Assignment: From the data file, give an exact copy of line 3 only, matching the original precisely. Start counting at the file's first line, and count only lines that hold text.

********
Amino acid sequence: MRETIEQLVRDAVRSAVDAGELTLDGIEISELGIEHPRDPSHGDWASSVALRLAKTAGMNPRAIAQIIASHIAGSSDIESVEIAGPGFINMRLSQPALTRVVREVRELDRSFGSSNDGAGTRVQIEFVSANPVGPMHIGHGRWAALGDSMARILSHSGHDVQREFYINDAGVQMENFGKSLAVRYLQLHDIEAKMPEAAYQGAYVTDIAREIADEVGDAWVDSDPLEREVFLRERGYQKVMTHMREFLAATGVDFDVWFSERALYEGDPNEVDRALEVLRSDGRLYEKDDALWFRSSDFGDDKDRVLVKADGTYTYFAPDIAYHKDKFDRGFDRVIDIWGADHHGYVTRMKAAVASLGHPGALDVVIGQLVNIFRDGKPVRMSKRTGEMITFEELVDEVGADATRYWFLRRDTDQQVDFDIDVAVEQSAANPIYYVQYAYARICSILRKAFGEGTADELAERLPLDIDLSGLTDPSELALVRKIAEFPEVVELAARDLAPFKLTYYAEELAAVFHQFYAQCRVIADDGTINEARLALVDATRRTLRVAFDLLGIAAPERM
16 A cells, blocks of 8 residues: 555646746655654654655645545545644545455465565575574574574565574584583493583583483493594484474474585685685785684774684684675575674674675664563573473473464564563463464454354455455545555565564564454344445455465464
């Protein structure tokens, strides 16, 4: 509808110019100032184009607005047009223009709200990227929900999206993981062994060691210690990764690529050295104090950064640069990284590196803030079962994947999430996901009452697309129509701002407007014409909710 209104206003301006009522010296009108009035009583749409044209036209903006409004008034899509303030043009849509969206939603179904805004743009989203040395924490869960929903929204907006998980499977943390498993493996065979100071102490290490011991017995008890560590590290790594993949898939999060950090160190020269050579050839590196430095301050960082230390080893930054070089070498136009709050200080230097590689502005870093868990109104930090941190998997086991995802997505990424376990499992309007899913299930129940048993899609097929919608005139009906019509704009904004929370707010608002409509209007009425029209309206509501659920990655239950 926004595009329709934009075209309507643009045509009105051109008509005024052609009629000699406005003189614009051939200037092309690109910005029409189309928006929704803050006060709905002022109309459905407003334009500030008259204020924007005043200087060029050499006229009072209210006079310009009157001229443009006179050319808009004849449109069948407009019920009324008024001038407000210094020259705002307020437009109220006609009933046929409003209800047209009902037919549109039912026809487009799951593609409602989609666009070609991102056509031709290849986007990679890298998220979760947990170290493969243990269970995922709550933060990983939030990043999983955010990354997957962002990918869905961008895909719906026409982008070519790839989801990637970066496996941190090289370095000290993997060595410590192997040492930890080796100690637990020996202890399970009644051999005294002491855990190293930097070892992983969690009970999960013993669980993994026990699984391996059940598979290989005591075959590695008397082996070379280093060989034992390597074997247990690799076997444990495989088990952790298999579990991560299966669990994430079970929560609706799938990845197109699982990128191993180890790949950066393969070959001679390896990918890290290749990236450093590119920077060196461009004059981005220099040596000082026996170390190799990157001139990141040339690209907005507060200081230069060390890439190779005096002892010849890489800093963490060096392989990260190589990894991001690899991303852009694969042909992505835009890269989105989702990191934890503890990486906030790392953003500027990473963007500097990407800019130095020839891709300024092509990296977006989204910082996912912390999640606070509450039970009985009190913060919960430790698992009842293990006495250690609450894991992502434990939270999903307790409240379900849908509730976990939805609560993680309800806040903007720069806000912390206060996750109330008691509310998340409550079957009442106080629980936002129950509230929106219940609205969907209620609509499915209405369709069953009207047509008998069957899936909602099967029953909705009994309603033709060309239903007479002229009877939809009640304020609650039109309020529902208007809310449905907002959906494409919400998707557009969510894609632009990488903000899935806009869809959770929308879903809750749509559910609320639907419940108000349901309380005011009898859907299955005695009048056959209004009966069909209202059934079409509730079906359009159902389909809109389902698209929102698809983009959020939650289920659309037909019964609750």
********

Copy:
């Protein structure tokens, strides 16, 4: 509808110019100032184009607005047009223009709200990227929900999206993981062994060691210690990764690529050295104090950064640069990284590196803030079962994947999430996901009452697309129509701002407007014409909710 209104206003301006009522010296009108009035009583749409044209036209903006409004008034899509303030043009849509969206939603179904805004743009989203040395924490869960929903929204907006998980499977943390498993493996065979100071102490290490011991017995008890560590590290790594993949898939999060950090160190020269050579050839590196430095301050960082230390080893930054070089070498136009709050200080230097590689502005870093868990109104930090941190998997086991995802997505990424376990499992309007899913299930129940048993899609097929919608005139009906019509704009904004929370707010608002409509209007009425029209309206509501659920990655239950 926004595009329709934009075209309507643009045509009105051109008509005024052609009629000699406005003189614009051939200037092309690109910005029409189309928006929704803050006060709905002022109309459905407003334009500030008259204020924007005043200087060029050499006229009072209210006079310009009157001229443009006179050319808009004849449109069948407009019920009324008024001038407000210094020259705002307020437009109220006609009933046929409003209800047209009902037919549109039912026809487009799951593609409602989609666009070609991102056509031709290849986007990679890298998220979760947990170290493969243990269970995922709550933060990983939030990043999983955010990354997957962002990918869905961008895909719906026409982008070519790839989801990637970066496996941190090289370095000290993997060595410590192997040492930890080796100690637990020996202890399970009644051999005294002491855990190293930097070892992983969690009970999960013993669980993994026990699984391996059940598979290989005591075959590695008397082996070379280093060989034992390597074997247990690799076997444990495989088990952790298999579990991560299966669990994430079970929560609706799938990845197109699982990128191993180890790949950066393969070959001679390896990918890290290749990236450093590119920077060196461009004059981005220099040596000082026996170390190799990157001139990141040339690209907005507060200081230069060390890439190779005096002892010849890489800093963490060096392989990260190589990894991001690899991303852009694969042909992505835009890269989105989702990191934890503890990486906030790392953003500027990473963007500097990407800019130095020839891709300024092509990296977006989204910082996912912390999640606070509450039970009985009190913060919960430790698992009842293990006495250690609450894991992502434990939270999903307790409240379900849908509730976990939805609560993680309800806040903007720069806000912390206060996750109330008691509310998340409550079957009442106080629980936002129950509230929106219940609205969907209620609509499915209405369709069953009207047509008998069957899936909602099967029953909705009994309603033709060309239903007479002229009877939809009640304020609650039109309020529902208007809310449905907002959906494409919400998707557009969510894609632009990488903000899935806009869809959770929308879903809750749509559910609320639907419940108000349901309380005011009898859907299955005695009048056959209004009966069909209202059934079409509730079906359009159902389909809109389902698209929102698809983009959020939650289920659309037909019964609750």